Nurse almost brought to tears as Toronto neighbourhood cheers for health-care workers
TORONTO -- A downtown Toronto nurse says he was almost brought to tears as hundreds of people cheered from their balconies in honour of front-line workers battling the COVID-19 pandemic.
David Reisch, a nurse at Mount Sinai Hospital’s emergency unit, said he was watching television when he heard sound coming from outside his apartment in Toronto’s High Park neighbourhood on Saturday.
“It’s a really thankless job to be a nurse to be honest and it’s hard at times just with all the stuff going on,” Reisch told CTV News Toronto on Monday.
“It’s easy to zone out and just do your job, but when you see every one come together and support you. I never saw anything like that in my life.”
Reisch said he heard about people around the world cheering for health-care workers, but never heard it locally because he’s been at the hospital so much.
He said he was confused when he first heard the sounds at around 7:30 p.m. on Saturday because the only other time he heard those kinds of cheers was when the Raptors won the NBA finals.
Reisch said he works directly with COVID-19 patients, and this past weekend noticed many of the people coming in seemed very ill. People who already tested positive for the virus at the hospital were returning due to further health concerns, he said.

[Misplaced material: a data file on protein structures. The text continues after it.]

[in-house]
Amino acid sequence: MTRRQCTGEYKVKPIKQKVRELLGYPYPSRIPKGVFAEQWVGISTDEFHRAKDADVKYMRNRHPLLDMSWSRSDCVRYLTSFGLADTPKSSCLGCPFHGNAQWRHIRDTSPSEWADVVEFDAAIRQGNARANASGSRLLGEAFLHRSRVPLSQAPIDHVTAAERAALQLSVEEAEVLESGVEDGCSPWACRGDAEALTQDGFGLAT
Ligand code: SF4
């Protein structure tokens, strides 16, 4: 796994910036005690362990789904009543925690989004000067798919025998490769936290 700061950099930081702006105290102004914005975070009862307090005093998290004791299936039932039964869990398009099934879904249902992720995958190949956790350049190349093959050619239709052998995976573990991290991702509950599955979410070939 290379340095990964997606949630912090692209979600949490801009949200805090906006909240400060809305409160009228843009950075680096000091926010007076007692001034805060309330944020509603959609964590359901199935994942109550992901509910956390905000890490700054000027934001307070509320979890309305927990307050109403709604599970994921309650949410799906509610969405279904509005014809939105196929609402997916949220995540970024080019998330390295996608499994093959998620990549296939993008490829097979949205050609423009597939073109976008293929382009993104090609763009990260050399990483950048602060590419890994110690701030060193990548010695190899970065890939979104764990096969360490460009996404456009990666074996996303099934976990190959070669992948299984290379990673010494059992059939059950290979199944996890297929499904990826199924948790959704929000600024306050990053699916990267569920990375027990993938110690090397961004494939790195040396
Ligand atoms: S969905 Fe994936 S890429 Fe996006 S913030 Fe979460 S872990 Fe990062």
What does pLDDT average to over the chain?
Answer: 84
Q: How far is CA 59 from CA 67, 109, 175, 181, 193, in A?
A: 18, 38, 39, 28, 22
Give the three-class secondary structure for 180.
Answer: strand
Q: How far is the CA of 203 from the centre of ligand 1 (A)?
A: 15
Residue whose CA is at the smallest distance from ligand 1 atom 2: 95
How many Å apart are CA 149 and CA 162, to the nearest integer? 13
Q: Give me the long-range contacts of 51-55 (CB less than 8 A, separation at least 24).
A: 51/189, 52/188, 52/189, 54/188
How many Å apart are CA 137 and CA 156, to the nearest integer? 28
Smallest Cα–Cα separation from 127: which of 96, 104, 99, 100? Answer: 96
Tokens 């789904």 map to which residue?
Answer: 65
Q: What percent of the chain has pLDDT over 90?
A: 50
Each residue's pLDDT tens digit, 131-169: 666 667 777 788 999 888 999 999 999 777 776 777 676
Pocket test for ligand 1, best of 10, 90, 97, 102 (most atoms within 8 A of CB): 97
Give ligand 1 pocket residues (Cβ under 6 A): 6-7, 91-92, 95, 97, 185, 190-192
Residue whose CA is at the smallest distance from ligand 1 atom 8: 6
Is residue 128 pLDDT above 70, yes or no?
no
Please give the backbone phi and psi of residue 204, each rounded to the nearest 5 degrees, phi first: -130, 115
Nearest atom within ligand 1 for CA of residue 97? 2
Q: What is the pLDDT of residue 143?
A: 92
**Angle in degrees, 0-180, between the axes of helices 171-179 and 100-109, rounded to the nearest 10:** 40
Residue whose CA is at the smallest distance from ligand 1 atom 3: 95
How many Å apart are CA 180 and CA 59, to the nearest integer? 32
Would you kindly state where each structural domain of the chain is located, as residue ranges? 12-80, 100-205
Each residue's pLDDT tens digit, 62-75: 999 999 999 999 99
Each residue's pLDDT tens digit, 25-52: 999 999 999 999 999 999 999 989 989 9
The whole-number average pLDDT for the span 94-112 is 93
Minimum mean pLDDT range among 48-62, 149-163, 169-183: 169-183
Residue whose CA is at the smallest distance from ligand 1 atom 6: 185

“I’ve been a nurse for only seven years but I have never experienced something like this,” he said.
“I don’t think the world has ever seen anything like this, we are anxious waiting to see what’s going to happen and what the next steps are going to be and where the numbers are going to go every day.”
Reisch said many health-care workers at his hospital have had to be separated from their families during this time due to the pandemic.
He said he too had been separated from his wife and daughter for a week due to virus-related concerns.
He said there’s a lot of anxiety among staff because nobody knows what will happen next. He said hospital staff are being told to be very cautious with equipment due to shortages.
“There are so many unknown and things we can’t plan for and we are just waiting around,” he said. “We don’t know what’s going to happen and we are trying to prepare the best we can. We are training and making sure we can work with these sick patients safely but we don't know.”
Despite everything around him, Reisch said he felt a sense of comfort when he stood on his balcony amid the cheering and clapping.
“There are lots of apartment buildings all around me and so it was pretty intense and loud,” he said. “It’s just nice to hear people cheering for you and recognize that we are sacrificing seeing our family and living really different lives in order to take care of people.
“It was emotional … something I’ll never forget.”